So you want to travel in Southeast Asia… well, you’ve made a good choice! Backpacking in Southeast Asia is incredibly cheap, relatively easy, and there are more places, sights, and activities than you can shake a stick at. I have travelled all over the world and Southeast Asia remains my favorite region to travel.
“But how much time do you really need to see Southeast Asia?”, you might be wondering. The answer is honestly as much time as you possibly have.
On my first-ever backpacking trip I spent 9 months travelling every country in the region. While you can easily spend that much time (or more!) and never get bored, it’s also perfectly possible to have an amazing Southeast Asia backpacking experience that lasts a couple of weeks or months.
Your only challenge will be in deciding where to go and how much time to spend in each place. And that can be easier said than done…
Since I often get questions about this, let me try to offer some advice. Though rather than providing pre-fab Day 1, Day 2, etc. itineraries, I think it’s more helpful to give some high-level advice. It’s good to have a rough plan for your journey, but it’s great to keep some flexibility as well. And, after all, everyone’s goals and interests are different.
Firstly: don’t bite off more than you can chew
Unless you have all the time in the world, chances are your route is already too ambitious.
It’s only natural to want to see every listed highlight for Southeast Asia, but it’s often better to try and pare down the number of destinations. I know from planning so many trips myself that the temptation to overreach can be strong.
On travel forums and places like Reddit I constantly see people asking if, say, 3 weeks is enough to see all the four mainland SEA countries. It might be technically possible, but I don’t recommend it. You would probably need another holiday just to recover from such a hectic schedule, not to mention you are will experience many things only very superficially.
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Paring things down can actually improve your trip, as you will have more time to experience each place more meaningfully rather then just ticking things off a list. (Related Post: How to deal with “fear of missing out” and making the right choices).
Consider your transit time as well: it’s easy to underestimate the distances involved, and you might be too tired after a long journey to immediately go sightseeing. Keep some room in your plans for transit and recovery time.
Balancing your itinerary
During your trip planning your attention will inevitably turn to the “Big Things”, like must-see places, ‘top 10’ experiences and UNESCO world heritage sites. This was a natural focus for me as well.
These major sights are easier to find information about, easier to plan for, and easier to get excited about. In researching Southeast Asia you may have already built up some expectations for places like Ha Long Bay in Vietnam, Angkor Wat in Cambodia or Koh Phi Phi in Thailand.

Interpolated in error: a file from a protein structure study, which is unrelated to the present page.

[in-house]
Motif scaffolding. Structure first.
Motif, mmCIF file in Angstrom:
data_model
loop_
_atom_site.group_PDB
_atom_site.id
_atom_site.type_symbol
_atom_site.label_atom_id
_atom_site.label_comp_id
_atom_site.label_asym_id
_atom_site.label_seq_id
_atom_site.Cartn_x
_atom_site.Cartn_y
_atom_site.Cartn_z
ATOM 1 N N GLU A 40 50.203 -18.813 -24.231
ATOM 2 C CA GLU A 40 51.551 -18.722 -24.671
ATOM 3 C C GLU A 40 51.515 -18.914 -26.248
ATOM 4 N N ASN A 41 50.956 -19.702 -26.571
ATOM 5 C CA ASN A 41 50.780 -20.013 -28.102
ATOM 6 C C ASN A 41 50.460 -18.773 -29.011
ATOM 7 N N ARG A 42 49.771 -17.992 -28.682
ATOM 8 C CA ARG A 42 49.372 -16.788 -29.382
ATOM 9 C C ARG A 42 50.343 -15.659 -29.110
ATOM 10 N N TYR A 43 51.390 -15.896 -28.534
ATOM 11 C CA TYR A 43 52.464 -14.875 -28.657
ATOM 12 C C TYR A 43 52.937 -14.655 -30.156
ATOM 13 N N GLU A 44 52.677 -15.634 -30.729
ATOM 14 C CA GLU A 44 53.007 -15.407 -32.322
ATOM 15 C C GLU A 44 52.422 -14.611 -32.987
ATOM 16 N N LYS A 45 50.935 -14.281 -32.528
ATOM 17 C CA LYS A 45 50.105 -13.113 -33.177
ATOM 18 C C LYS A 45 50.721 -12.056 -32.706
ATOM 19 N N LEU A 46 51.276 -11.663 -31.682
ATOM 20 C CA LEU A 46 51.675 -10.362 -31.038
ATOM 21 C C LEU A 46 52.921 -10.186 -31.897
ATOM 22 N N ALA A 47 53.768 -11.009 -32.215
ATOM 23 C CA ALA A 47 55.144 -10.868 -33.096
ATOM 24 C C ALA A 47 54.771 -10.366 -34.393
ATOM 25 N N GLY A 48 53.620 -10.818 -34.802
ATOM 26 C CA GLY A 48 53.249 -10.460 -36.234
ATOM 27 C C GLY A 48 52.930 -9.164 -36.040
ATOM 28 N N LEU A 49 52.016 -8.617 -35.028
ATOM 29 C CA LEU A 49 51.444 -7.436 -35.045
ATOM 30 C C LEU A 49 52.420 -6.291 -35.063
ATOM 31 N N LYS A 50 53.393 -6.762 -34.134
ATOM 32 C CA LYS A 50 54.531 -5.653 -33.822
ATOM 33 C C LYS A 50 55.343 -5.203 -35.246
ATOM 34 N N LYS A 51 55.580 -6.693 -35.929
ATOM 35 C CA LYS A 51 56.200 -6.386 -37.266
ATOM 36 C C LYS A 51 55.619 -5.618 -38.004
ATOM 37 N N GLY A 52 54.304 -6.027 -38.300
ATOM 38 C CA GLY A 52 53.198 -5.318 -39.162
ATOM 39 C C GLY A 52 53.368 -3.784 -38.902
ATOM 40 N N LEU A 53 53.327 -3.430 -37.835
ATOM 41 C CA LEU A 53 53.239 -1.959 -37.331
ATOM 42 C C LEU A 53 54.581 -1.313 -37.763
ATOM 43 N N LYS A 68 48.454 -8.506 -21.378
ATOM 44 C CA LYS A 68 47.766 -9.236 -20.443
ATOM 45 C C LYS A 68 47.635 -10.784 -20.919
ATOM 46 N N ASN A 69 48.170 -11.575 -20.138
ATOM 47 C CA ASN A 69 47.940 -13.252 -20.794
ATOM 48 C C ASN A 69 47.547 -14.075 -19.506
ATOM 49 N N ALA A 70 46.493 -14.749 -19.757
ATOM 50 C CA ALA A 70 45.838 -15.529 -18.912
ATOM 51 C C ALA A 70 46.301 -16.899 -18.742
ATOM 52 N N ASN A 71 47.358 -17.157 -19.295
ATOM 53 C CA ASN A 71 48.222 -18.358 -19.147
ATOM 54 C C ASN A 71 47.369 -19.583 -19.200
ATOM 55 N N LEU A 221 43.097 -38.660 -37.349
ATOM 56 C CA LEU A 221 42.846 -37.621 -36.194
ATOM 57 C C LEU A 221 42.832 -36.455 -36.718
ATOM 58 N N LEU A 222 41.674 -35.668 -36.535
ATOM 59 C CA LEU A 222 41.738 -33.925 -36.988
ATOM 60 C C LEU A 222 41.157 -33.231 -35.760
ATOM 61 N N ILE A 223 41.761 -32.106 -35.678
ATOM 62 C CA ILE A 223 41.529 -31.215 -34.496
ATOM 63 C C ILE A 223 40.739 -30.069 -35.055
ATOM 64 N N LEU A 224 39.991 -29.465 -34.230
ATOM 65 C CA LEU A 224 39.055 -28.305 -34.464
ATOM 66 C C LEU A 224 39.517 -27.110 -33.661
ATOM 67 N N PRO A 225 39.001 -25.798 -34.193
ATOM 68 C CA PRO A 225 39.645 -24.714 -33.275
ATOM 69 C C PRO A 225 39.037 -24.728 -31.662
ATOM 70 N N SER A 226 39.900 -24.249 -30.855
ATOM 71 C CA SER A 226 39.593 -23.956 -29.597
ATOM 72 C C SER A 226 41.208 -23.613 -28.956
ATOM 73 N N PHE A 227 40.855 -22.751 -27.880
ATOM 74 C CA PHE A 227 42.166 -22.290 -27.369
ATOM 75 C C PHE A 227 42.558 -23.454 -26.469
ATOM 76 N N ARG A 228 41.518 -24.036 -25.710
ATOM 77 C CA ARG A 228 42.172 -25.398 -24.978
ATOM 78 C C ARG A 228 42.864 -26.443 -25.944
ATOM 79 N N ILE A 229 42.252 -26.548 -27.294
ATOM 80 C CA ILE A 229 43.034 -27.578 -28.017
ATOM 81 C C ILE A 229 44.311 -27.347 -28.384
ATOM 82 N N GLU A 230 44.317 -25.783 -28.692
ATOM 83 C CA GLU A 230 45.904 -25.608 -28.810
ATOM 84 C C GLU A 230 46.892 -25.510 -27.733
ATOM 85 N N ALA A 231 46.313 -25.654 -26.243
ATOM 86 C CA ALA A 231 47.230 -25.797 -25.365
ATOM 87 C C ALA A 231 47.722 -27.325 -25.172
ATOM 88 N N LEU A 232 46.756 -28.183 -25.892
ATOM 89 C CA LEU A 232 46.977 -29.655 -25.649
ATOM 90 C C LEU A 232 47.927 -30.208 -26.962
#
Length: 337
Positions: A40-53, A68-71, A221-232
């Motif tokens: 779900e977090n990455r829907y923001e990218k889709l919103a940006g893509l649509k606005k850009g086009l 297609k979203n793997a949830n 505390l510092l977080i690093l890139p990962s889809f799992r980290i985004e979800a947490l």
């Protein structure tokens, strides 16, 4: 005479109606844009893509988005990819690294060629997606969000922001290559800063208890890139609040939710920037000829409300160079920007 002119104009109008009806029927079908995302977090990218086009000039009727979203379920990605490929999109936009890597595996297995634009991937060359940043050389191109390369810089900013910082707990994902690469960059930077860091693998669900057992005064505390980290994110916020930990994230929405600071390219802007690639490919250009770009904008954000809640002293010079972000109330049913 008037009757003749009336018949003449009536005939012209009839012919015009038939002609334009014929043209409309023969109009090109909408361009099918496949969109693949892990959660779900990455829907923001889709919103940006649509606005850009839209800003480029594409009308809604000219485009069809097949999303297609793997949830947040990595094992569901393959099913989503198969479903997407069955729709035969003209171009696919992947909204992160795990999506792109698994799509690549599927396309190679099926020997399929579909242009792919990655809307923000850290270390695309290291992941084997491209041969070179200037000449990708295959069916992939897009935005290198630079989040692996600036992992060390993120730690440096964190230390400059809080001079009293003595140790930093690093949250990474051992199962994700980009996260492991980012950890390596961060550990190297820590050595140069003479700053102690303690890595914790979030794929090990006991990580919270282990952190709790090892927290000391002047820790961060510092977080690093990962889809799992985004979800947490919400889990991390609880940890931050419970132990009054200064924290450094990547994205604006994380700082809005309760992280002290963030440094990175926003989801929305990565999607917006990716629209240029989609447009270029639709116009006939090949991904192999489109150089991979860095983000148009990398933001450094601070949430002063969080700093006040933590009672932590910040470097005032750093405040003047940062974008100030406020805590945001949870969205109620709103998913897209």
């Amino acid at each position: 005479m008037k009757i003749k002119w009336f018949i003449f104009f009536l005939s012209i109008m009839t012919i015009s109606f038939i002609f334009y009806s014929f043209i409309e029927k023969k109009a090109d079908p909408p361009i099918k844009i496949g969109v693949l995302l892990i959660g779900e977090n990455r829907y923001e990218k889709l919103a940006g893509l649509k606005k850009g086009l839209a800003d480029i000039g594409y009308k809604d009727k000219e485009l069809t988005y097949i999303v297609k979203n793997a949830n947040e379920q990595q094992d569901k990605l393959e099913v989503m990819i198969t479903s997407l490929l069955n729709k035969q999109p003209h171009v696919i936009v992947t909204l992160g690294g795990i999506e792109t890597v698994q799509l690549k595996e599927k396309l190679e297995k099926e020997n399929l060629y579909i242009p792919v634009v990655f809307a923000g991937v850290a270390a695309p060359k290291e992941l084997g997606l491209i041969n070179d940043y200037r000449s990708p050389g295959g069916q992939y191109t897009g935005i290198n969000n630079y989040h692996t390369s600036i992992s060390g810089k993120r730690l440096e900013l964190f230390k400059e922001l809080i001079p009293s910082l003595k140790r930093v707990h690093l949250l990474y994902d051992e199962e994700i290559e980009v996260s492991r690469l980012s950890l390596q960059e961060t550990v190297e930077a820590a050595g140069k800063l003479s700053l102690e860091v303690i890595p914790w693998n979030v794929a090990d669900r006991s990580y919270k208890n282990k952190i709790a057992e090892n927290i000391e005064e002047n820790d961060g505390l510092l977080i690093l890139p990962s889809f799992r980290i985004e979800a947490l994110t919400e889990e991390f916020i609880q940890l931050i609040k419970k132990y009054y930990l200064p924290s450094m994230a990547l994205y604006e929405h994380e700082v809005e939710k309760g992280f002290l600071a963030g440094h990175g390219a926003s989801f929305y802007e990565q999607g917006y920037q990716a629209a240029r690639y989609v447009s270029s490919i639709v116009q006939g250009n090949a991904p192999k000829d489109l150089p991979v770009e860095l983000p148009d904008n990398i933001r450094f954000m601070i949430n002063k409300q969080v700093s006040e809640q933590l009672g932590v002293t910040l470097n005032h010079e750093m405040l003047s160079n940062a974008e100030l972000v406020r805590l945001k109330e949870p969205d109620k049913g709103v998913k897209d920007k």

These landmark destinations often form the backbone of most people’s itineraries. They can definitely add some guaranteed ‘wow’ moments to your trip, but smaller experiences are equally important. The more I’ve travelled, the more I’ve wanted to keep my plans flexible so I can seek out those other experiences.
Whether it’s simply riding a scooter through the rice fields in northern Thailand, watching the sun set over the Mekong river in Laos, lazying on a beautiful beach with bamboo huts in Cambodia, or enjoying a delicious bowl of Pho noodles at a local market in Vietnam—these are actually some of my most memorable vignettes of travelling in Southeast Asia.
If you are finding it impossible to fit in all the big bucket list items, know that it’s entirely possible to have a spectacular trip without them! Don’t get me wrong, the big stuff is often amazing. But don’t be afraid to make sacrifices if not everything from your wishlist fits easily into your plan. Having a more manageable route will allow you to stay in places longer and seek out those little golden moments that you can’t always plan for.
TIP: My 272 page backpacker guide examines the pros and cons of planning vs. improvising in much more detail. I talk about ways to “wing it” where you can and getting more unique experiences. Check out the book for this and a lot more.
Just some of the major sights in Southeast Asia (there are many more!). Depending on how much time you have, hitting up all of the “big things” on your list may be impossible.
Cost of travel in Southeast Asia
Southeast Asia is an inexpensive region to travel by Western standards, though there are still big differences in cost within in. Thailand’s islands and beaches, Singapore, Myanmar and the Philippines are a bit more expensive for instance, while Cambodia, Vietnam, Laos and much of Indonesia are cheaper. For more, read this post: Southeast Asia Cost of Travel Overview.